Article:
Rawson James Valentine, MD, Dallas, Tex: Autologous vein bypass grafts are prone to develop intrinsic lesions after being placed in the arterial circulation. Regardless of whether they are reversed, transposed, or left in situ, between 20% and 30% of grafts develop stenoses within the first postoperative year. Timely correction of a stenosis measuring 75% diameter loss has been shown to prevent graft thrombosis, which is why routine graft surveillance has become a standard of care.
The authors are to be congratulated for an excellent vein graft surveillance program in which they detected 94 patients with grafts at risk. The lesions discovered in this study certainly warranted repair. The main issue is how to repair them. You have just heard that percutaneous balloon angioplasty is inadequate. When all lesions were considered, the 3-year cumulative patency of 25% suggests that angioplasty is not a durable option. Furthermore, the significant morbidity in 8 patients would seem to doom this technique in grafts at risk.
These results are in keeping with the findings of others, and they confirm my own bias. But before we completely abandon angioplasty, it is important that we not overlook circumstances in which this technique might prove durable. Viewed from another perspective, 25% of patients had durable results from balloon angioplasty. The authors evaluated patient variables such as risk factors, coagulation status, graft source, and angioplasty site. But they did not comment on the specific characteristics of each lesion. We know, for example, that angioplasty has better long-term patency rates for stenoses that are less than 1 cm in length vs those that are longer, and for grafts that are larger than 3 cm compared with smaller grafts. Similarly, lesions that are associated with valve leaflets appear to be better suited to angioplasty.
I have 4 questions for the authors. First, have you had the opportunity to examine outcome based on the length of the lesion—for example, a lesion less than 10 mm vs a longer lesion, and for short lesions in the larger grafts? Second, your definition of initial success of a residual stenosis less than 30% may have been too liberal. Were patients more likely to have a recurrent stenosis if they had any residual lesion at all, and were stents used in these patients? Third, patients who received warfarin after the first operation tended to have a worse patency rate after angioplasty. Were these patients put on warfarin because of inadequate grafts and therefore preselected for a worse outcome? Finally, can you imagine a scenario in which you would recommend angioplasty in these circumstances?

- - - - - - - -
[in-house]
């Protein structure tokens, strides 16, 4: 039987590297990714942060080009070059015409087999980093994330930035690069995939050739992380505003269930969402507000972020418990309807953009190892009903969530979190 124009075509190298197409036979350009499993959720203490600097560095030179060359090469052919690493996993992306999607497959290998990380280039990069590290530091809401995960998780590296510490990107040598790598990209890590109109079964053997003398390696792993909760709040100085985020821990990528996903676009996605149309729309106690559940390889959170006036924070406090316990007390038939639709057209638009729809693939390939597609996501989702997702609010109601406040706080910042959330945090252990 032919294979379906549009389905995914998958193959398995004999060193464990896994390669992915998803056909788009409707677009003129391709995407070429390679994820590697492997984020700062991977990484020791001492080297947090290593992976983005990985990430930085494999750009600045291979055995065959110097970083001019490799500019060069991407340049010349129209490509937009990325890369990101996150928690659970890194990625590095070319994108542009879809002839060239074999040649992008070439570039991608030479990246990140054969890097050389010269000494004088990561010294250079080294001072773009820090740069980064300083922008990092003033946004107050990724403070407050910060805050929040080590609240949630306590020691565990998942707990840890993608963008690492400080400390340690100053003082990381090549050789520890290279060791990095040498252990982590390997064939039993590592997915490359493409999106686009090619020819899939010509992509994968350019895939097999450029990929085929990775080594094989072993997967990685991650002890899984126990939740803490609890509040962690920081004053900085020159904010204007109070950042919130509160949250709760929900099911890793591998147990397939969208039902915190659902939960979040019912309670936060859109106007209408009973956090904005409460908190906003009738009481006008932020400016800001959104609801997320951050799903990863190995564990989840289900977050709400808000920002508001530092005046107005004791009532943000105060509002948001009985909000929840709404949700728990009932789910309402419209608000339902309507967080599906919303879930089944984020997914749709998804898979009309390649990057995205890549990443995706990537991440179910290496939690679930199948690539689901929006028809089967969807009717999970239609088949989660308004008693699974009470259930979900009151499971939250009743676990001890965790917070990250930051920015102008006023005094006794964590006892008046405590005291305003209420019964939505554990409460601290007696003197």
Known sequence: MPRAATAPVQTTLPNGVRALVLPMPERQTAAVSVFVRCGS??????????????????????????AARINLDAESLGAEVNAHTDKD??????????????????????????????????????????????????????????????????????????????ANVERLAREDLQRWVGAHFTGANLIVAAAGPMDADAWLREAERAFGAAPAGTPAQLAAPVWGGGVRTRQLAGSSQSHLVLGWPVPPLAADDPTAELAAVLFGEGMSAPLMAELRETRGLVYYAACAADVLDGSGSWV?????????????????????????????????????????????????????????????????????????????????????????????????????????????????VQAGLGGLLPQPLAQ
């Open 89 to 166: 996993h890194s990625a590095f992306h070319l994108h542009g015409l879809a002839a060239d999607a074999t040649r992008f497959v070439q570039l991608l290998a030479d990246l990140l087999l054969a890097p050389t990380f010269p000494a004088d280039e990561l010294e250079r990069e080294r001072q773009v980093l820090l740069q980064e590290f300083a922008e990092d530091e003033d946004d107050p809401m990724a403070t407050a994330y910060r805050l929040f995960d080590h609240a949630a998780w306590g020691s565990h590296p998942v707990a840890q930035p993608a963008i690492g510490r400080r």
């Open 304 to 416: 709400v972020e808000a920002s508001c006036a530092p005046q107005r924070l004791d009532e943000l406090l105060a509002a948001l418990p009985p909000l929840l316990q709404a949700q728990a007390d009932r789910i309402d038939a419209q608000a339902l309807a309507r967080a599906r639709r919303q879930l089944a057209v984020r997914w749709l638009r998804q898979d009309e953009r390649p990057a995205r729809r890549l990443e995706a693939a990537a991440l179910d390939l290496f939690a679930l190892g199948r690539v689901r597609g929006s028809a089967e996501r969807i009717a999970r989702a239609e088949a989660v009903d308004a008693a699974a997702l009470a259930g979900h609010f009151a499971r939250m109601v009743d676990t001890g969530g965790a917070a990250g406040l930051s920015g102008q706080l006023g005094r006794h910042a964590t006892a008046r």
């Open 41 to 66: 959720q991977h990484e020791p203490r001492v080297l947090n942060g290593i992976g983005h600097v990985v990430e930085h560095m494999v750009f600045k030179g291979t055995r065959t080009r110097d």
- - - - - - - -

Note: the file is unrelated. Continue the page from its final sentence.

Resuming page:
James R. DeBord, MD, Peoria, Ill: This paper deals with a problem that I face on a weekly basis, it seems. I was interested to notice that 55% of your stenoses that you felt needed treatment were at the proximal anastomosis. Is this because you do all of your grafts with a reverse vein and therefore have the smallest end of the vein at the proximal anastomosis? If the vein there is small and having now seen how that leads to a high degree of stenosis in your cases, have you changed your technique? Do you do a patch angioplasty or try to do anything different with the proximal anastomosis?
Dr Katz: Dr Valentine, we did not specifically evaluate outcome based on the length of stenosis. However, we did limit PTA to lesions of 3 cm or less in length. The majority of these lesions really were quite short as evidenced by the mean stenosis length of 1.2 cm. All of the vein grafts in the study were at least 3 cm in diameter, so we did not have any small grafts undergoing PTA.
We did not really find any correlation between residual stenosis and recurrence rate. We used a 30% stenosis as our cutoff for angioplasty success since this is the standard accepted by interventional radiologists. However, most had a residual stenosis of 10% or less following PTA. The only case in which a stent was used was a case in which there was a vein graft rupture and the interventional radiologist placed a covered stent, which led to rapid graft occlusion.
The majority of the patients had been placed on warfarin for preexisting conditions such as atrial fibrillation. However, a few patients were placed on anticoagulation in the hopes of improving graft patency, so I really cannot eliminate a selection bias. At present, the only circumstance in which I could envision recommending a PTA would be in the rare patient with no autogenous conduit available for use in revision.
Dr DeBord, we believe the proximal stenoses were due to the fact that we employ reverse vein grafts exclusively. We have taken to using the technique described by the Oregon group of using a vein branch and incorporating that into the heel of the proximal anastomosis. This has reduced but not eliminated the problem.